We caught up with the cast of sexually explicit dramas God's Own Country and Ana Mon Amour to talk about the process of bringing onscreen relationships to life.
7 Jun 2017 - 12:32 PM  UPDATED 7 Jun 2017 - 12:45 PM

Romanian actors rocked the Berlin Film Festival earlier this year. After savouring the brooding, smouldering performance by Alec Secareanu in British director Francis Lee’s God’s Own Country – the closest thing to Brokeback Mountain you’re ever likely to see – there was Cãlin Peter Netzer’s erotic and ultimately fractured Romanian relationship drama, Ana, mon amour, where Diana Cavallioti and Mircea Postelnic totally enthralled. In both films there’s graphic on-screen sex, including full frontal male nudity; still a no-no in movies, particularly when it comes to sex scenes. Yet it’s done so tastefully that the actors didn’t hesitate. Both films screen at Sydney Film Festival over the next few weeks, and I met both onscreen couples together to talk about their work in each film.

God's Own Country

Alec Secareanu and Josh O’Connor became great buddies when playing lovers in the film, a hugely personal story for the heavily bearded, openly gay director Francis Lee, who hails from the film’s farming milieu in provincial Yorkshire. Knowing the strictures of sheep farming, Lee was tough in his auditions and specifically flew to Bucharest, where he quickly realised Secareanu was the one. Lee based the character on a Romanian man he worked with in a junkyard after quitting acting.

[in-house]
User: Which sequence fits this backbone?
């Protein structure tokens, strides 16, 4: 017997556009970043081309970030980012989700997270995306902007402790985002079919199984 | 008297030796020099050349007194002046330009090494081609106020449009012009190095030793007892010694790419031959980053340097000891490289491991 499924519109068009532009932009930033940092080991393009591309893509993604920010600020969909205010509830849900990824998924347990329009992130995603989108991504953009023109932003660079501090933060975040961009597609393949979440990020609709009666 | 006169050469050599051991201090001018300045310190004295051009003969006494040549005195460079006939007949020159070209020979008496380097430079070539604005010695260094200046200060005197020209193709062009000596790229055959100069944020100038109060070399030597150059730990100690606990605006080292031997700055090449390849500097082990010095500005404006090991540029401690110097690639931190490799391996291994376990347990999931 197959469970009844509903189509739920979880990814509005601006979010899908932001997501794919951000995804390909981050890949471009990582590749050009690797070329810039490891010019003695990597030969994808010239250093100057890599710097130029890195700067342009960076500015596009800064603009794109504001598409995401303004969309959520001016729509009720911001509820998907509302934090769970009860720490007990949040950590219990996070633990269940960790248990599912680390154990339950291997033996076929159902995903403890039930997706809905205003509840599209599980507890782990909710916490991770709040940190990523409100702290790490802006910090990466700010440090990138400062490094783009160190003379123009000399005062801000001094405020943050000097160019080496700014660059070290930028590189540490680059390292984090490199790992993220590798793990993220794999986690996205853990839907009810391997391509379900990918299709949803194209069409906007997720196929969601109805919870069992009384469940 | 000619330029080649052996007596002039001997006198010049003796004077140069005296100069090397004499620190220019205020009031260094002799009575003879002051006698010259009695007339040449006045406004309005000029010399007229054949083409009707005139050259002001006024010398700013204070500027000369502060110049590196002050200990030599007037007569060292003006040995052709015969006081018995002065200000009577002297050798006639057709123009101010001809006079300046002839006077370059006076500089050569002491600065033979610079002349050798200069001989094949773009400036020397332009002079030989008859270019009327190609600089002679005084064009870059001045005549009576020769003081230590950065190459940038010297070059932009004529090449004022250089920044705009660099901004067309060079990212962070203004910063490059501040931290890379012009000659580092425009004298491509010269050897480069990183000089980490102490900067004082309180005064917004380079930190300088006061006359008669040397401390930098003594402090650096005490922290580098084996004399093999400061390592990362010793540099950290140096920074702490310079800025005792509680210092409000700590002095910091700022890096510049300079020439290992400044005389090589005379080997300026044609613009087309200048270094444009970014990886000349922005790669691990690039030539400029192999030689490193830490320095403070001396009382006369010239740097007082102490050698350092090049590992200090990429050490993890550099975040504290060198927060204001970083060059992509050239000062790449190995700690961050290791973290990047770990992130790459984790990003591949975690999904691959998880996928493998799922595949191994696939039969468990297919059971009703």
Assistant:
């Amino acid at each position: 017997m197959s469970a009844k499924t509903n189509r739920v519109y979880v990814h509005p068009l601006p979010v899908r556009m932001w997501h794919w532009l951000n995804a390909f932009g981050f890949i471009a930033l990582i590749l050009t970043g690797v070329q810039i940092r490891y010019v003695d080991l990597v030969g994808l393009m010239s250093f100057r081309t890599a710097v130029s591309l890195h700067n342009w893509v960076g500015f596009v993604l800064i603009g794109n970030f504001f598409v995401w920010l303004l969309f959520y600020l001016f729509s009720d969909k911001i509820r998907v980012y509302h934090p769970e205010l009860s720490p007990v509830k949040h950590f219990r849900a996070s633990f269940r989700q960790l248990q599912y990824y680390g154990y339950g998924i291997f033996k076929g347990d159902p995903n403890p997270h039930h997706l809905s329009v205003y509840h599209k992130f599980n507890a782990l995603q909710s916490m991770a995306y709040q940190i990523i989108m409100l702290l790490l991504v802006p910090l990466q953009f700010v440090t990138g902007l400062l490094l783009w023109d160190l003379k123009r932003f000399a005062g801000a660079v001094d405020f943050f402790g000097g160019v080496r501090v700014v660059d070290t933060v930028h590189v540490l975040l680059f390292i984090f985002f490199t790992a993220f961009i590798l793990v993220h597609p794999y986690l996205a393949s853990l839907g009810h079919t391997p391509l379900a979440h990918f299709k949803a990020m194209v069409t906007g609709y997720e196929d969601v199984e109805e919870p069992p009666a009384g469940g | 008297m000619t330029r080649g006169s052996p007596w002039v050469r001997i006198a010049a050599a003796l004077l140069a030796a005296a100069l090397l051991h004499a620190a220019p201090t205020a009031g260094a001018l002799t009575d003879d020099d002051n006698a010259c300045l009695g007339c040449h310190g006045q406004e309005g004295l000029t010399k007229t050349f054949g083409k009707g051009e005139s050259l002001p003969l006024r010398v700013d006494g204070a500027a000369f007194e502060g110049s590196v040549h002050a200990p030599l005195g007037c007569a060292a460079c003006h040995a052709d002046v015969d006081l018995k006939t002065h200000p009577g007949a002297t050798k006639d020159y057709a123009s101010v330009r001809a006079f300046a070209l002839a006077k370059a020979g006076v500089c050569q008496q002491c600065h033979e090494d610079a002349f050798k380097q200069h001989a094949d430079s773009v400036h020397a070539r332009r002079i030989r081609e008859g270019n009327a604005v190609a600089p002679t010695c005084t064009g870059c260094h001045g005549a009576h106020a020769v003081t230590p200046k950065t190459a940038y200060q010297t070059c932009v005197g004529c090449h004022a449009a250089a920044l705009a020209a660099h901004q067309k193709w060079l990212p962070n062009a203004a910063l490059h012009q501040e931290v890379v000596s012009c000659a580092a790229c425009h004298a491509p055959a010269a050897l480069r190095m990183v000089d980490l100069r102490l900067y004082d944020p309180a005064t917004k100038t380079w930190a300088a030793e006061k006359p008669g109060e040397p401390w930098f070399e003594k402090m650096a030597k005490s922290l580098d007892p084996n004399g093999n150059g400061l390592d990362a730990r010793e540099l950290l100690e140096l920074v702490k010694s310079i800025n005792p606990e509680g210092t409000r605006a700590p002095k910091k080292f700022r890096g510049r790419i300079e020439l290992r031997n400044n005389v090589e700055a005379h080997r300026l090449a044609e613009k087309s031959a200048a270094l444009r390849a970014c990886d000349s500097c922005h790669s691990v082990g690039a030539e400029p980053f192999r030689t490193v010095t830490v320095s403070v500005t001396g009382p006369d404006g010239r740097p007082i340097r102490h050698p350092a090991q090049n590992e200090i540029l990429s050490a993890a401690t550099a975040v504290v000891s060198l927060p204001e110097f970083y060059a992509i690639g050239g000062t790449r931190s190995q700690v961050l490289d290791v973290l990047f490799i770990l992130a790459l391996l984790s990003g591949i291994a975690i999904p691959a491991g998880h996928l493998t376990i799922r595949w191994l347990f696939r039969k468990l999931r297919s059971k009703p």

“I wanted to show how it felt as an outsider coming to the UK; full of hope, wanting to change your life and being met with this terrible negativity and racism,” he says.

Josh O’Connor, who plays the repressed other half of the sheep-farming couple, hails from the south of England and is absolutely nothing like his character. 


Interview with Francis Lee (director of God’s Own Country)

The actor-turned-director who has worked for the likes of Mike Leigh (Topsy-Turvy) here makes his debut feature, which took out the best director award when it screened in Sundance as well as an audience prize in Berlin. 

FL: The central relationship, about two people falling in love, probably for the first time; I have experienced that. I wanted to explore how difficult being in love can be, and how [difficult] making yourself vulnerable to somebody can be. I grew up as a sheep farmer in Yorkshire, my dad’s still a sheep farmer on the same hill where the film is shot, and I now live on that hill. All elements to do with the farm, the landscape, the mud, are all very much autobiographical in terms of how I saw that world and how it made me feel.

HB: Did you have sex in the mud?

FL: No. (laughs heartily)

HB: It’s an incredible image and scene in the movie. How did you decide to do that?

FL: It was about building tension. Johnny only responds to people sexually and he couldn't respond to Gheorghe in any other way and this built and built and he didn't know what to do with this energy. In that early twilight misty morning when they are still bleary, I wanted it to feel very physical. I wanted it to feel very connected to the land, to the landscape that they were part of and therefore they did it in the mud.

HB: There was also a bit of aggression.

FL: Johnny’s sexual energy at that point in the film is very aggressive. The only way he knows how to have sex and to respond to somebody is in that animalistic way, and it was very important to represent that. So that when he progresses within his relationship, the kind of sex he has changes and it changes him.